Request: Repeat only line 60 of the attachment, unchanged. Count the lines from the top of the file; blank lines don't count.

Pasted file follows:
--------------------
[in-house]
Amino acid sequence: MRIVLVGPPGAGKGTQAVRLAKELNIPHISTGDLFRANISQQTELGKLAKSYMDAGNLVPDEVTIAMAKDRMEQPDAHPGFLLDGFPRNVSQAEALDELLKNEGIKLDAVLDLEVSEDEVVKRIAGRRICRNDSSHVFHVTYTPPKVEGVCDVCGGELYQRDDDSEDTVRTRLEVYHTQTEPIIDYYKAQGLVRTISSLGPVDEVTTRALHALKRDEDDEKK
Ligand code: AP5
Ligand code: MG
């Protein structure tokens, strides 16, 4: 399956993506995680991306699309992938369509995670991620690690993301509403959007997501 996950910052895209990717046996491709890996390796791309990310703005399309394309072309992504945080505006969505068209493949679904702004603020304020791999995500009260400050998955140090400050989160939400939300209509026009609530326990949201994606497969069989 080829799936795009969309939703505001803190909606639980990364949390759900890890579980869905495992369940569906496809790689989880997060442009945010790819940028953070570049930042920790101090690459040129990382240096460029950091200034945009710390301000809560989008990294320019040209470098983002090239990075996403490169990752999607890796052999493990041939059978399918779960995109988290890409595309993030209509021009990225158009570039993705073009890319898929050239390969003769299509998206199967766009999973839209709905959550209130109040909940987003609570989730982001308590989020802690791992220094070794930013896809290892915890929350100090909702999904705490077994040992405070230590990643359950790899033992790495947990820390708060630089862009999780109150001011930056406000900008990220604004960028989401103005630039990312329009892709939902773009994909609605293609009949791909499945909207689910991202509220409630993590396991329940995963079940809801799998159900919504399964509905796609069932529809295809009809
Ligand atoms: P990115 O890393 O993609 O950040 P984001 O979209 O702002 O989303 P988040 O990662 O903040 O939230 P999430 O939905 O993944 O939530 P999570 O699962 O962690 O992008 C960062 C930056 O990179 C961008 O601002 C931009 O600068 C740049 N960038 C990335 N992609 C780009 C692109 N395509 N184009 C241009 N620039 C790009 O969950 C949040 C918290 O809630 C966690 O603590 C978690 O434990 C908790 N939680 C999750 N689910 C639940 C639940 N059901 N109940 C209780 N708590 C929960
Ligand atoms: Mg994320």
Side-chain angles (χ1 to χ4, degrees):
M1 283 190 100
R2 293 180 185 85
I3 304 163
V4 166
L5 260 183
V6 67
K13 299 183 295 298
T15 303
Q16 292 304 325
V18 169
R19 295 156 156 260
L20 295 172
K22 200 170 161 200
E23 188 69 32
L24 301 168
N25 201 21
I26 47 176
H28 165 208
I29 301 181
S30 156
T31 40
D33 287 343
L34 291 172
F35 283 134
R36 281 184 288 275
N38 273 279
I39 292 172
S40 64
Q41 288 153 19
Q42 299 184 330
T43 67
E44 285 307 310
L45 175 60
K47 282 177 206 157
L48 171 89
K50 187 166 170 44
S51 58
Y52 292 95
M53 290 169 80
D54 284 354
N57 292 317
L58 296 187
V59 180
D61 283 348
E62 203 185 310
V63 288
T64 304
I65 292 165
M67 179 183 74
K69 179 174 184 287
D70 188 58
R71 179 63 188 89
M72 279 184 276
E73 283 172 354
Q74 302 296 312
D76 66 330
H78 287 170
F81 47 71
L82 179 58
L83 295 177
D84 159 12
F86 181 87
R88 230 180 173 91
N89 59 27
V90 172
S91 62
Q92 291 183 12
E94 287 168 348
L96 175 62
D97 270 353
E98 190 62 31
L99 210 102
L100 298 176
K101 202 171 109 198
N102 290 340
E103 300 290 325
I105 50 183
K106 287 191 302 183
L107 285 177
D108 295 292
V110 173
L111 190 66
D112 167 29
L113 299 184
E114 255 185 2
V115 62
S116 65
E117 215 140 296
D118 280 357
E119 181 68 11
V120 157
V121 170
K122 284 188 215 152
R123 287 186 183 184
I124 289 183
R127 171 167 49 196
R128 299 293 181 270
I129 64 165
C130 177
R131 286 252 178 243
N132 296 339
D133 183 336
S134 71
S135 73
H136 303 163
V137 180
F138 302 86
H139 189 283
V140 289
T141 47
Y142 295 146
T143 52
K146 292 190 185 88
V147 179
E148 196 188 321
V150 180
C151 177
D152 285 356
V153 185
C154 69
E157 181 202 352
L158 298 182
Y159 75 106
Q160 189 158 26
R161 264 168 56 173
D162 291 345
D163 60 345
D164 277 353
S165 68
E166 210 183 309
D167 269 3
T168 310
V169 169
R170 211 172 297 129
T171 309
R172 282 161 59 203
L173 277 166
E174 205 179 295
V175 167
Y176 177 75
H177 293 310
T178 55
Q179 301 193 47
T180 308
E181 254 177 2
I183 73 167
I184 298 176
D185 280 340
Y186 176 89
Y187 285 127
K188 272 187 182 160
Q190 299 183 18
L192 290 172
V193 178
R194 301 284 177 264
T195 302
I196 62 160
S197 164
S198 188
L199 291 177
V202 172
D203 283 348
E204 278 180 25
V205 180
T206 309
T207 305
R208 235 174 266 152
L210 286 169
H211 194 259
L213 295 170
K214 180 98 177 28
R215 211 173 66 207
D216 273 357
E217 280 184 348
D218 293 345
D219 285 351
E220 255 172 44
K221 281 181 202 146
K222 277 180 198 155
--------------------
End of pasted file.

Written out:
R71 179 63 188 89